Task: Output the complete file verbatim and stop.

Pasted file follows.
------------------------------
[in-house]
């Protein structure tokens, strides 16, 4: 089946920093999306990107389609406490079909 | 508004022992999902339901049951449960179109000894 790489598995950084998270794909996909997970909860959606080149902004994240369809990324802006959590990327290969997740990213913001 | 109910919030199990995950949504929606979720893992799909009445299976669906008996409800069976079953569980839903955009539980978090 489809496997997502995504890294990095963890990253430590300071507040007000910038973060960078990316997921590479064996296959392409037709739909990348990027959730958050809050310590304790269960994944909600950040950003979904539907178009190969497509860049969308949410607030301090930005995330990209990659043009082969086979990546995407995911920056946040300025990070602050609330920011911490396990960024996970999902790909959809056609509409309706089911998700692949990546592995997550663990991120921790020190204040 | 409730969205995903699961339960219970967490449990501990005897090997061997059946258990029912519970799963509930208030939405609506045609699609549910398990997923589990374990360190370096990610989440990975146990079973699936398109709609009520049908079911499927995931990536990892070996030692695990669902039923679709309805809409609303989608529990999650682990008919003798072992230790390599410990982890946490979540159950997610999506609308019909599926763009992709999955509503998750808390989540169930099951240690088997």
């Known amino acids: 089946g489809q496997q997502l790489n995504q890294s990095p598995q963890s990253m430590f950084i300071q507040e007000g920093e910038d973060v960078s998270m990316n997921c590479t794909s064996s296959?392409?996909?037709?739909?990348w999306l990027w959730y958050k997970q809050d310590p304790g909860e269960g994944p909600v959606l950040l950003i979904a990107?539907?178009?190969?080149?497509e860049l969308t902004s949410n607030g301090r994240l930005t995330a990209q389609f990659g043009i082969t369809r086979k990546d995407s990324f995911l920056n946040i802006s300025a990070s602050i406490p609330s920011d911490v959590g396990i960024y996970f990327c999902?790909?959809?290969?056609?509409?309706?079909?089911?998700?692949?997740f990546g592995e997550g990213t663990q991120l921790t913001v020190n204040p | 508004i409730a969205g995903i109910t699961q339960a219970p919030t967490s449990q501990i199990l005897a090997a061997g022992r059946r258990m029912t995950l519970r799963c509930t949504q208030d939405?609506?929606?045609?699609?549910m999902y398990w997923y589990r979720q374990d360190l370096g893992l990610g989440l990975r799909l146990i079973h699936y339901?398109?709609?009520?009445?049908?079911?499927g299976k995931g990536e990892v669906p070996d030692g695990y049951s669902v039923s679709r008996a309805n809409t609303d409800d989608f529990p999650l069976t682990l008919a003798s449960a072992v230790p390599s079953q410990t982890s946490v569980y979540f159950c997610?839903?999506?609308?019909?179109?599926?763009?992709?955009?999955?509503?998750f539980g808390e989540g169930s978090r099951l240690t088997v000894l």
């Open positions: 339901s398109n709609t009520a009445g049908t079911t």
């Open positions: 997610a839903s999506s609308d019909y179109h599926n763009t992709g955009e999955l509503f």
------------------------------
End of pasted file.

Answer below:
[in-house]
């Protein structure tokens, strides 16, 4: 089946920093999306990107389609406490079909 | 508004022992999902339901049951449960179109000894 790489598995950084998270794909996909997970909860959606080149902004994240369809990324802006959590990327290969997740990213913001 | 109910919030199990995950949504929606979720893992799909009445299976669906008996409800069976079953569980839903955009539980978090 489809496997997502995504890294990095963890990253430590300071507040007000910038973060960078990316997921590479064996296959392409037709739909990348990027959730958050809050310590304790269960994944909600950040950003979904539907178009190969497509860049969308949410607030301090930005995330990209990659043009082969086979990546995407995911920056946040300025990070602050609330920011911490396990960024996970999902790909959809056609509409309706089911998700692949990546592995997550663990991120921790020190204040 | 409730969205995903699961339960219970967490449990501990005897090997061997059946258990029912519970799963509930208030939405609506045609699609549910398990997923589990374990360190370096990610989440990975146990079973699936398109709609009520049908079911499927995931990536990892070996030692695990669902039923679709309805809409609303989608529990999650682990008919003798072992230790390599410990982890946490979540159950997610999506609308019909599926763009992709999955509503998750808390989540169930099951240690088997």
């Known amino acids: 089946g489809q496997q997502l790489n995504q890294s990095p598995q963890s990253m430590f950084i300071q507040e007000g920093e910038d973060v960078s998270m990316n997921c590479t794909s064996s296959?392409?996909?037709?739909?990348w999306l990027w959730y958050k997970q809050d310590p304790g909860e269960g994944p909600v959606l950040l950003i979904a990107?539907?178009?190969?080149?497509e860049l969308t902004s949410n607030g301090r994240l930005t995330a990209q389609f990659g043009i082969t369809r086979k990546d995407s990324f995911l920056n946040i802006s300025a990070s602050i406490p609330s920011d911490v959590g396990i960024y996970f990327c999902?790909?959809?290969?056609?509409?309706?079909?089911?998700?692949?997740f990546g592995e997550g990213t663990q991120l921790t913001v020190n204040p | 508004i409730a969205g995903i109910t699961q339960a219970p919030t967490s449990q501990i199990l005897a090997a061997g022992r059946r258990m029912t995950l519970r799963c509930t949504q208030d939405?609506?929606?045609?699609?549910m999902y398990w997923y589990r979720q374990d360190l370096g893992l990610g989440l990975r799909l146990i079973h699936y339901?398109?709609?009520?009445?049908?079911?499927g299976k995931g990536e990892v669906p070996d030692g695990y049951s669902v039923s679709r008996a309805n809409t609303d409800d989608f529990p999650l069976t682990l008919a003798s449960a072992v230790p390599s079953q410990t982890s946490v569980y979540f159950c997610?839903?999506?609308?019909?179109?599926?763009?992709?955009?999955?509503?998750f539980g808390e989540g169930s978090r099951l240690t088997v000894l």
């Open positions: 339901s398109n709609t009520a009445g049908t079911t």
């Open positions: 997610a839903s999506s609308d019909y179109h599926n763009t992709g955009e999955l509503f």